October 25, 2018

38th Annual Humanities Day Celebrates the Life of the Mind

Courtesy of Humanities Department

By Alina Kim   and Kiera Yu  

On October 20, a particularly windy day in the Windy City, students, alumni, and community members trickled in and out of Stuart Hall, eager to interact with distinguished University of Chicago faculty of all departments, engaging in activities ranging from talks on women painters in ancient Greece to a guided tour of Shadi Habib Allah’s exhibition, Put to Rights, at The Renaissance Society. Humanities Day, a tradition at the University since 1980, has gathered hundreds of community members in celebration of debates, history, and discovery for nearly 40 years, and its 2018 event proved to be no exception.  

The day started with 57th Street Books’ 35th Anniversary party as a perfect complement to Humanities Day. With stickers of its logo, free coffee, enamel pins, and, as always, dogs excitedly wandering through the labyrinth of books, the students’ favorite bookstore opened the morning with a bright, encouraging message: Books, literature, and writing are perfect media to spread opinions, personal philosophies, and dreams for a better future—things that define humanities and the importance of enriching our lives. 

Numerous discussions were held all around the campus throughout the day. Professors and lecturers from archeology, linguistics, English, and history departments and more presented on topics such as alternate reality gaming, the art of climate change, and cinematic Black feminist theory. The event’s keynote address was given by linguistics professor Christopher Kennedy on the meaning of “truth” in our supposed “post-truth society”. Kennedy’s work explores the way in which linguistic forms relate to meanings, and his address prompted the audience to consider the essential role of truth in both communication and society.    

In the Oriental Institute, Egyptology professor Janet H. Johnson led a talk about gender roles in ancient Egypt via excavated documents. For an ancient civilization, Johnson noted, women had a rather major role in society. In modern studies, the near-equal status between noble Egyptian women and men is often emphasized. “But what of the common women?” Johnson challenged. She elaborated on the fact that Egypt was ahead of its time in terms of women’s rights, for the nation celebrated motherhood, advocated the development of businesswomen, and permitted women to divorce and own property. As an attendee suggested, it was perhaps an older version of feminism.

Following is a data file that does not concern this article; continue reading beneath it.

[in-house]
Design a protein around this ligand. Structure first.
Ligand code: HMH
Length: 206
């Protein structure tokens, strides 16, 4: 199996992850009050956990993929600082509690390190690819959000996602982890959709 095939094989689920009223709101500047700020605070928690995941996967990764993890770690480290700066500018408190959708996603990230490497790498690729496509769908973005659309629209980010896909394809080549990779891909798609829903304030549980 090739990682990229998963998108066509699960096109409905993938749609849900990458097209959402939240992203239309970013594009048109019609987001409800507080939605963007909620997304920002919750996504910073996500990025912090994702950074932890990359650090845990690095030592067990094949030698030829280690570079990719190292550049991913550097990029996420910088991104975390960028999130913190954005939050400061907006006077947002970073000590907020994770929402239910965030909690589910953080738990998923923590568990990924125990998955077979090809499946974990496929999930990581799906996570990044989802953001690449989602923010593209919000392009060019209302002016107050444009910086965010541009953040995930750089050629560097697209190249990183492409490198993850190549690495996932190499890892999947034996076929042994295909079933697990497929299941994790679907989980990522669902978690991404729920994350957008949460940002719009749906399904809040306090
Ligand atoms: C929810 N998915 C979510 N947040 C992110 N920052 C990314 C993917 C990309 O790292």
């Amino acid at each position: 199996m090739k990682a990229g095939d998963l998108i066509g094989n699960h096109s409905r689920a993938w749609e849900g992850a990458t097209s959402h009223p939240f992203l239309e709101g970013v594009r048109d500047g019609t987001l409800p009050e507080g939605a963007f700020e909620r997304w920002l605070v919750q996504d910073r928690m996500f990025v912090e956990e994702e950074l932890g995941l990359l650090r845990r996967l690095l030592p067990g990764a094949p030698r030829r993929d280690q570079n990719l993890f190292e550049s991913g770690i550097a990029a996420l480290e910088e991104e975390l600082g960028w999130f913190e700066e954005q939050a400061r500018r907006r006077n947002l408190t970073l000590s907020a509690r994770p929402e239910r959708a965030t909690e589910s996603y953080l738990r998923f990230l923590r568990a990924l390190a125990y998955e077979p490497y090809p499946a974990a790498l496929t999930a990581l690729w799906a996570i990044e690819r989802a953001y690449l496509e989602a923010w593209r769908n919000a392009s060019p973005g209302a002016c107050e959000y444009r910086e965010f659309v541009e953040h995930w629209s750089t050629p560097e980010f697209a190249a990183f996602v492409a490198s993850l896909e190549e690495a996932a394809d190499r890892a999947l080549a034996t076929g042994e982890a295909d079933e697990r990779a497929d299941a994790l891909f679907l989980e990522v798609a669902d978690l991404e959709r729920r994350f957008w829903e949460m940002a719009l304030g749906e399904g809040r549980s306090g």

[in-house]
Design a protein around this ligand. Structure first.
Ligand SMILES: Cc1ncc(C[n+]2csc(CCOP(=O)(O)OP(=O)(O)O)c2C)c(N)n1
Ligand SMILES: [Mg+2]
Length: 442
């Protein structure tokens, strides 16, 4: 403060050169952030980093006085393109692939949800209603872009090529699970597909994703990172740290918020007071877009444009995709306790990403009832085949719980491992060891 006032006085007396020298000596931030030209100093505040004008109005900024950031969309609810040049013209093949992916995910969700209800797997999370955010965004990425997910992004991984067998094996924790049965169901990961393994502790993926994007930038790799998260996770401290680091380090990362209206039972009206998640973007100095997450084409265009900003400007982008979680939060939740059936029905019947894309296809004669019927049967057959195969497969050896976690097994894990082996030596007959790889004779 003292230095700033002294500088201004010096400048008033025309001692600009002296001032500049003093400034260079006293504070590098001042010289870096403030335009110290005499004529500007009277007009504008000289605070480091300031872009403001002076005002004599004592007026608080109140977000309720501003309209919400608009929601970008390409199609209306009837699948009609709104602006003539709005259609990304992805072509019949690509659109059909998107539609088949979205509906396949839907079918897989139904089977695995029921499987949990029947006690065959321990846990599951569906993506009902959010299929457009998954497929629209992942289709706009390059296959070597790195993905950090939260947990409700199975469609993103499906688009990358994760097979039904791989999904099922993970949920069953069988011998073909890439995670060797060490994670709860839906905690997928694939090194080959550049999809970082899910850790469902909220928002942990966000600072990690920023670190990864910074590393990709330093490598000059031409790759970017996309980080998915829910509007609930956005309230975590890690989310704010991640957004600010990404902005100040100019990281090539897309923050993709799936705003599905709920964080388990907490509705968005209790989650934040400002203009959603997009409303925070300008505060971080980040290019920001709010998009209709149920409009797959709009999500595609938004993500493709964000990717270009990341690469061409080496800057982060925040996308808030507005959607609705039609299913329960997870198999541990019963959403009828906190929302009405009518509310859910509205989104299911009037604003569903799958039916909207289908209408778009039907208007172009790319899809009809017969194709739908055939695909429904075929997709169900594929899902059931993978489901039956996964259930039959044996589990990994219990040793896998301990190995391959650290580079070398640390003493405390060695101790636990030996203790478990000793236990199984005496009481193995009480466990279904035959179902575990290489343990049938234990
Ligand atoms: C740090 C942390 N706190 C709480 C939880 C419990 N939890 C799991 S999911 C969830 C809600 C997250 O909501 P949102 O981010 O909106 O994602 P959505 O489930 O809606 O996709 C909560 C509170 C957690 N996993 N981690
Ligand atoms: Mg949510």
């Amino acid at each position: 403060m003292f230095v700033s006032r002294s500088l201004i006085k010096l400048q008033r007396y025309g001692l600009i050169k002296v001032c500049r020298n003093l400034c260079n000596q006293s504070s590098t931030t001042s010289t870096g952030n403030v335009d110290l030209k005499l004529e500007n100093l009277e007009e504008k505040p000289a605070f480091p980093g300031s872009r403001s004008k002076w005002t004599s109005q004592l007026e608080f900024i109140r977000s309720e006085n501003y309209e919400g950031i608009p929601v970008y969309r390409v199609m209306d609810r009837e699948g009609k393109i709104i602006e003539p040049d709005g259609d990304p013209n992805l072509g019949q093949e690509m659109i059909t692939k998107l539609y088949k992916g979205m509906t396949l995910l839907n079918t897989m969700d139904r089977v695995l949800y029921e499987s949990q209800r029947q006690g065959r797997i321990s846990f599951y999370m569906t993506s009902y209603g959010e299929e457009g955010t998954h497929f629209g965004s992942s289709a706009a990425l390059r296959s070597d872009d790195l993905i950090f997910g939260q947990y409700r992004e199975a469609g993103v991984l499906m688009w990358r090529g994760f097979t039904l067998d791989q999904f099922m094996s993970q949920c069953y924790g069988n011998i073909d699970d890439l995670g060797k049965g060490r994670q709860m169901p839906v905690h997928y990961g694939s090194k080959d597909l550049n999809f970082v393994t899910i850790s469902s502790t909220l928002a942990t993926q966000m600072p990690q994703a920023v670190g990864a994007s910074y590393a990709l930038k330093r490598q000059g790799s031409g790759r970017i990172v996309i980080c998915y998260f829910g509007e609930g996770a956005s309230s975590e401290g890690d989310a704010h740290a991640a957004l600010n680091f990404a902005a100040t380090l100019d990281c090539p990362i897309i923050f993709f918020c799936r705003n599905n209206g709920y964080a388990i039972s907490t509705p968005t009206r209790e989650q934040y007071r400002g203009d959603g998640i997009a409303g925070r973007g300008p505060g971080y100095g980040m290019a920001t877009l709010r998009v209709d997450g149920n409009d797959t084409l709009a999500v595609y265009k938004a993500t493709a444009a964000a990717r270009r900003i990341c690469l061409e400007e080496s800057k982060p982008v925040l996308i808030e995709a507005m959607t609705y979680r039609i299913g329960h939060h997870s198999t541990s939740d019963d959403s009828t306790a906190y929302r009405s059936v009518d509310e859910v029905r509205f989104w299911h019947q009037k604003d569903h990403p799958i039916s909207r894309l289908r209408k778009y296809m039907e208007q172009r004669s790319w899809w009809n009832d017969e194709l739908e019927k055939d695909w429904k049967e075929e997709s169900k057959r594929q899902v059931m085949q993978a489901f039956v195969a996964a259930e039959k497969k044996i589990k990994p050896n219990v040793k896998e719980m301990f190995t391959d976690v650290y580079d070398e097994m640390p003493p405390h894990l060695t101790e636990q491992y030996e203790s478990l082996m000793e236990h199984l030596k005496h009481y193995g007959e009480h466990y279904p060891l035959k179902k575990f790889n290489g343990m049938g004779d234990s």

Armando Maggi, an Italian literature professor and a member of the Committee on the History of Culture, talked about how images in fairy tales can reveal subtle clues about our own reality in his presentation “What Is Real in Classic Fairy Tales? Truth, Fantasy, and Hope in Contemporary America.” Having published various books on early modern culture, demonology, and Renaissance love philosophy, Maggi opened his audience’s eyes to the underlying messages in the creation of some of society’s favorite fairy tales. In his presentation, Maggi argued that imagination is the key to unlocking logic, and this logic leads to the application of seemingly absurd childhood stories into our own American culture. He focused on the definition of “people” in fairy tales and how that translates to modern-day American citizenship and community, especially in a time haunted by racism and discrimination. What do fairy tales say about different societies as they are passed from one nation to another? Does the twisting of fairy tales, such as the change from the original Sleeping Beauty story, “Sun, Moon, and Talia,” into the famous “Little Briar Rose” by the Brothers Grimm, give us hints about the twisting of stories in our news channels?  

The most impressive part of the presentation came when Maggi related the use of fairy tales in influencing the public to President Donald J. Trump’s slogan, “Make America Great Again,” calling the message “a coherent summary of a tale in the making”, as a tale of war is created and broadcasted through the media. He raised the question of what Trump’s future actions could be as a self-appointed “American Hero” in this tale. Maggi ended his talk by warning the audience to be aware of when such tales are told and stay vigilant under their influence. 

Humanities Day, attracting countless people of all ages, careers, and interests to the University of Chicago, was undoubtedly a success in its 38th year, keeping the value of intellectual curiosity alive through one captivating lecture after another.